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Stridulation is the act of producing sound by rubbing together certain body parts. This behavior is mostly associated with insects, but other animals are known to do this as well, such as a number of species of snakes and spiders. A dedicated stridulation apparatus has also been discovered in males of one (as of April, 2007) bird species, the Club-winged Manakin. Common onomatopoeic words for the sounds produced by stridulation include chirp and chirrup.

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Insect stridulation

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Insects and other arthropods stridulate by rubbing together two parts of the body. These are referred to generically as the stridulatory organs, though in many groups the entire structure is called a stridulitrum. The mechanism is best known in crickets and grasshoppers, but other insects which stridulate include Scolytinae (bark beetles), Cerambycidae (longhorned beetles), Cicadidae (cicadas), Mutillidae ("velvet ants"), Reduviidae ("assassin bugs"), Glaresidae ("enigmatic scarabs"), the Black imported fire ant (Solenopsis richteri), larval Lucanidae (stag beetles), Passalidae (Bessbugs), Geotrupidae (earth-boring dung beetles) and some species of Agromyzidae (leaf-mining flies). Stridulation is also known in some species of millipede (class Diplopoda).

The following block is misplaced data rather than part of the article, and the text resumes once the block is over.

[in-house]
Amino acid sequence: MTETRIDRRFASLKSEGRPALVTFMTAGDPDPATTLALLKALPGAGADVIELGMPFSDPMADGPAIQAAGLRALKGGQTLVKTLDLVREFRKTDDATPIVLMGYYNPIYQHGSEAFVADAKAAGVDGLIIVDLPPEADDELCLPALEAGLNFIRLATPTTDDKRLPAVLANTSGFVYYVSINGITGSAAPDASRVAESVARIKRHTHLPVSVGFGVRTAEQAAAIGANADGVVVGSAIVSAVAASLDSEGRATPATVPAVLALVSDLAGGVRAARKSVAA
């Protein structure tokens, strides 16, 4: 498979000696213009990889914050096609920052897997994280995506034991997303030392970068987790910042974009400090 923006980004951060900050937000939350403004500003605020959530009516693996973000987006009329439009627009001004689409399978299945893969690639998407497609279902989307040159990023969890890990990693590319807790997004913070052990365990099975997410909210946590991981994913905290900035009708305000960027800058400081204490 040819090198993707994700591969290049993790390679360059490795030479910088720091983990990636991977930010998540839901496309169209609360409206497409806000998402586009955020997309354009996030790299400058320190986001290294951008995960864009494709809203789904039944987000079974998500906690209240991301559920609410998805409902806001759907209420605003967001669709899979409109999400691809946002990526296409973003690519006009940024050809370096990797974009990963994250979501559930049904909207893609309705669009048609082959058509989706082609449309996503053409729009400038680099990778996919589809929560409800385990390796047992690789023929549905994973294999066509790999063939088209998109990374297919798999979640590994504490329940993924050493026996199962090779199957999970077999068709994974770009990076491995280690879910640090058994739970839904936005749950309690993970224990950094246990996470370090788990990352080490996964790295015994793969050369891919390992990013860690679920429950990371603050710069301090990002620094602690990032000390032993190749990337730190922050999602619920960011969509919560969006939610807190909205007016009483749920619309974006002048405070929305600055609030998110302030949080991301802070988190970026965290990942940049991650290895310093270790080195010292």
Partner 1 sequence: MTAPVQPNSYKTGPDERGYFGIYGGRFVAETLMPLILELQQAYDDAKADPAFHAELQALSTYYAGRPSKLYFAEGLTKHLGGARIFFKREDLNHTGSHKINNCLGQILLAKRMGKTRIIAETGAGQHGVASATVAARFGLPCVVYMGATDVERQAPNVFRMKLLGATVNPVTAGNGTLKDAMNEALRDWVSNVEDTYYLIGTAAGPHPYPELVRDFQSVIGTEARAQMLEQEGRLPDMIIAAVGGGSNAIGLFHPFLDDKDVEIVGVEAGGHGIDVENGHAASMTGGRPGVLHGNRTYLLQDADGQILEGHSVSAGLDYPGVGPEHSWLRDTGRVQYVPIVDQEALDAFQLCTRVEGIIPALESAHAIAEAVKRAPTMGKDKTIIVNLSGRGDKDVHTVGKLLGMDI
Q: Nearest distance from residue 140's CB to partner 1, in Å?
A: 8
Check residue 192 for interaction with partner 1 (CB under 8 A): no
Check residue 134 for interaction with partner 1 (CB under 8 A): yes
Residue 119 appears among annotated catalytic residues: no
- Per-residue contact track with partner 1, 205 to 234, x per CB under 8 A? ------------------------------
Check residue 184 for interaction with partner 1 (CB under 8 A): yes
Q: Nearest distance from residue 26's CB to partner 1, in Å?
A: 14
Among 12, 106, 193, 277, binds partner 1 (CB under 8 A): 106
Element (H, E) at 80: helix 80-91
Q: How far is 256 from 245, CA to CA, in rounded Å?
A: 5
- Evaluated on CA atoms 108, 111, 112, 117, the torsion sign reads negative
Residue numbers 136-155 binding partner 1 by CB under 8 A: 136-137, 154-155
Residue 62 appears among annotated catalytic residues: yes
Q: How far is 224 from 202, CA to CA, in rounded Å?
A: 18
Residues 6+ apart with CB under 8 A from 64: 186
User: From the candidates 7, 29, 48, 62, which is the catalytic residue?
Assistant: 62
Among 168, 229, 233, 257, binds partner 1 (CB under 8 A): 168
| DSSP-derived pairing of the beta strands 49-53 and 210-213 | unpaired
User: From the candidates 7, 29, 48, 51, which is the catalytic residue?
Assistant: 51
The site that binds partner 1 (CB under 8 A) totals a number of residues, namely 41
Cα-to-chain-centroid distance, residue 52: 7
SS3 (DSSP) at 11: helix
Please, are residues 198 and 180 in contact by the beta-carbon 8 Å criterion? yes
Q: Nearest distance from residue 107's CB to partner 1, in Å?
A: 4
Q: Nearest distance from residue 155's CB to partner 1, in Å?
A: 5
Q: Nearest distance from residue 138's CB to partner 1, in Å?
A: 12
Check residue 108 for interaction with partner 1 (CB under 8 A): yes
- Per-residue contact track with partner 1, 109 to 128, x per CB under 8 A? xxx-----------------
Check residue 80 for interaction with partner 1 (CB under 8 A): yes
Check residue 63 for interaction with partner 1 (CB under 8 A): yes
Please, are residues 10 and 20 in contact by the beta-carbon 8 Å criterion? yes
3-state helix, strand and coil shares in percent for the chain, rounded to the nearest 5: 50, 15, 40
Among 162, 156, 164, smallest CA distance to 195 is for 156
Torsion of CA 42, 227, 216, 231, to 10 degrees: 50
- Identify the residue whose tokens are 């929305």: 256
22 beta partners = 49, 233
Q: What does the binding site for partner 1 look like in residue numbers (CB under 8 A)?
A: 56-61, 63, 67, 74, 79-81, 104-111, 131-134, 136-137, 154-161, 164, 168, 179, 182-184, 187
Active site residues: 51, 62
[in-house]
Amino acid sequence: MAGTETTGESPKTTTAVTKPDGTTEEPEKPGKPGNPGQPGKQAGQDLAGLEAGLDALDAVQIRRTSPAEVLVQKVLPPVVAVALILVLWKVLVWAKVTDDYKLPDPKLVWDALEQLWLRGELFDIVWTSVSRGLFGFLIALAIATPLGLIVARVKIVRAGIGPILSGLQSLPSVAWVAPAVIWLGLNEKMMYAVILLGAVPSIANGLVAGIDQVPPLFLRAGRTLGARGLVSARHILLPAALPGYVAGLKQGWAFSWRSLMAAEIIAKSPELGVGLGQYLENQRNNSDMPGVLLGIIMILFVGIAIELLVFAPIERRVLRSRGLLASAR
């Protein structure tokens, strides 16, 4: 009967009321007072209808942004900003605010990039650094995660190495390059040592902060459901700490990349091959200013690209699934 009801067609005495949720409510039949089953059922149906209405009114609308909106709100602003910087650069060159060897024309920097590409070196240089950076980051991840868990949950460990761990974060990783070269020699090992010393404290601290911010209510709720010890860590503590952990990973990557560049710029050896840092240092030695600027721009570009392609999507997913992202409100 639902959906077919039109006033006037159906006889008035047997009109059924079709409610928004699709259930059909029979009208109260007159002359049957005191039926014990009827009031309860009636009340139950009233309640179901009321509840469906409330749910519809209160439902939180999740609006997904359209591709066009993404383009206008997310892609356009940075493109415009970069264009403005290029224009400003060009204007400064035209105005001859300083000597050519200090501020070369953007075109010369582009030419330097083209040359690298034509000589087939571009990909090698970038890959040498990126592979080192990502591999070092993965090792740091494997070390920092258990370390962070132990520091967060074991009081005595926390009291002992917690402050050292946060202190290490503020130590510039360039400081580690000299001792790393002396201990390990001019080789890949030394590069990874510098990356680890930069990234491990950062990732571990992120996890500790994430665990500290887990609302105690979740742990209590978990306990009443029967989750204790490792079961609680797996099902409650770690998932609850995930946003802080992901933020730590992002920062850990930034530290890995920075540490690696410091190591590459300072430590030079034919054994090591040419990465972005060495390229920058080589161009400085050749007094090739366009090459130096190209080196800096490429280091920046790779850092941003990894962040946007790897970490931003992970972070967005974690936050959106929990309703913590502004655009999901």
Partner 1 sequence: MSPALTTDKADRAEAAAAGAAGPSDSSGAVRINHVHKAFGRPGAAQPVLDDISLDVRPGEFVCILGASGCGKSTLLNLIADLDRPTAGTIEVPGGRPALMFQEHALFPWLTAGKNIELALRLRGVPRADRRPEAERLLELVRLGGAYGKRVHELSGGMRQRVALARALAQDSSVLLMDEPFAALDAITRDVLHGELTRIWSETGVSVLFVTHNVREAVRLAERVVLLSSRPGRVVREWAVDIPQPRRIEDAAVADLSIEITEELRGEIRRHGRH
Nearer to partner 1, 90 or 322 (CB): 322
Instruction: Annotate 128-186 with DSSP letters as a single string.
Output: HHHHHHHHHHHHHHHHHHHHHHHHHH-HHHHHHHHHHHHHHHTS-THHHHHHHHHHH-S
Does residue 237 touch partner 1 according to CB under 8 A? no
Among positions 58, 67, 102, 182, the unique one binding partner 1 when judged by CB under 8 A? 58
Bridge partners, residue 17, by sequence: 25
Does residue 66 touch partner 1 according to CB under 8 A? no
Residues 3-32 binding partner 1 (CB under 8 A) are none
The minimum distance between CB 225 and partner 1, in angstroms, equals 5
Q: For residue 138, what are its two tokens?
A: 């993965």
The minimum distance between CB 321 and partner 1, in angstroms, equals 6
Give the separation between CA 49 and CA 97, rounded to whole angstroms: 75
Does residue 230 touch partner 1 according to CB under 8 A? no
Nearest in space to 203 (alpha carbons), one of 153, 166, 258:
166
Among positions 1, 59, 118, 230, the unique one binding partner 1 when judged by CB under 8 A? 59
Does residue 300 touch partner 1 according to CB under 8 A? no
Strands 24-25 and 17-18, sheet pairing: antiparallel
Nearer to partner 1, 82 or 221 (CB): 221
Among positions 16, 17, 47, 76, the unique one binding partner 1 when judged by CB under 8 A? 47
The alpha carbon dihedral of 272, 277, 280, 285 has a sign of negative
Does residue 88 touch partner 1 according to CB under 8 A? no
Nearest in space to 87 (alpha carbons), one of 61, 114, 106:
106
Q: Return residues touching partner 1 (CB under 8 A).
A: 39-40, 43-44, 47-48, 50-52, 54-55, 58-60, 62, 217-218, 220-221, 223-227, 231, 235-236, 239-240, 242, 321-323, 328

The mechanism is typically that of one structure with a well-defined lip or ridge (the "scraper") being moved across a finely-ridged surface (the "file"), and vibrating as it does so, like the dragging of a phonograph needle across a vinyl record.

Stridulation in several of these examples is for attracting a mate, or as a form of territorial behaviour, but can also be a warning signal (acoustic aposematism, as in velvet ants). This kind of communication was first described by Slovenian biologist Ivan Regen (1868–1947).

Snake stridulation

A number of species of venomous snakes are known to stridulate as part of a threat display. They arrange their body into a series of parallel C-shaped (counterlooped) coils that they rub together to produce a sizzling sound, rather like water on a hot plate. The most well known examples are members of the genus Echis (saw-scales vipers), although those of the genus Cerastes (North African desert vipers) and at least one bush viper species, Atheris desaixi, are known to do this as well.[1][2]

Spider stridulation

Most spiders are silent, but some tarantula species are known to stridulate. When disturbed, Theraphosa blondi, the Goliath tarantula, can produce a rather loud hissing noise by rubbing together the bristles on its legs. This is said to be audible to a distance of up to 15 feet (4.5 m).[3]

One of the Wolf Spiders, Schizocosa stridulans Stratton, produces low-frequency sounds by flexing its abdomen (tremulation) or high-frequency stridulation by using the cymbia on the ends of its pedipalps.[4]

References

  1. ^ Spawls S, Branch B. 1995. The Dangerous Snakes of Africa. Ralph Curtis Books. Dubai: Oriental Press. 192 pp. ISBN 0-88359-029-8.
  2. ^ Mallow D, Ludwig D, Nilson G. 2003. True Vipers: Natural History and Toxinology of Old World Vipers. Krieger Publishing Company, Malabar, Florida. 359 pp. ISBN 0-89464-877-2.
  3. ^ Goliath Tarantula, Theraphosa blondi at Extreme Science. Accessed 13 March 2007.
  4. ^ Journal of Experimental Biology

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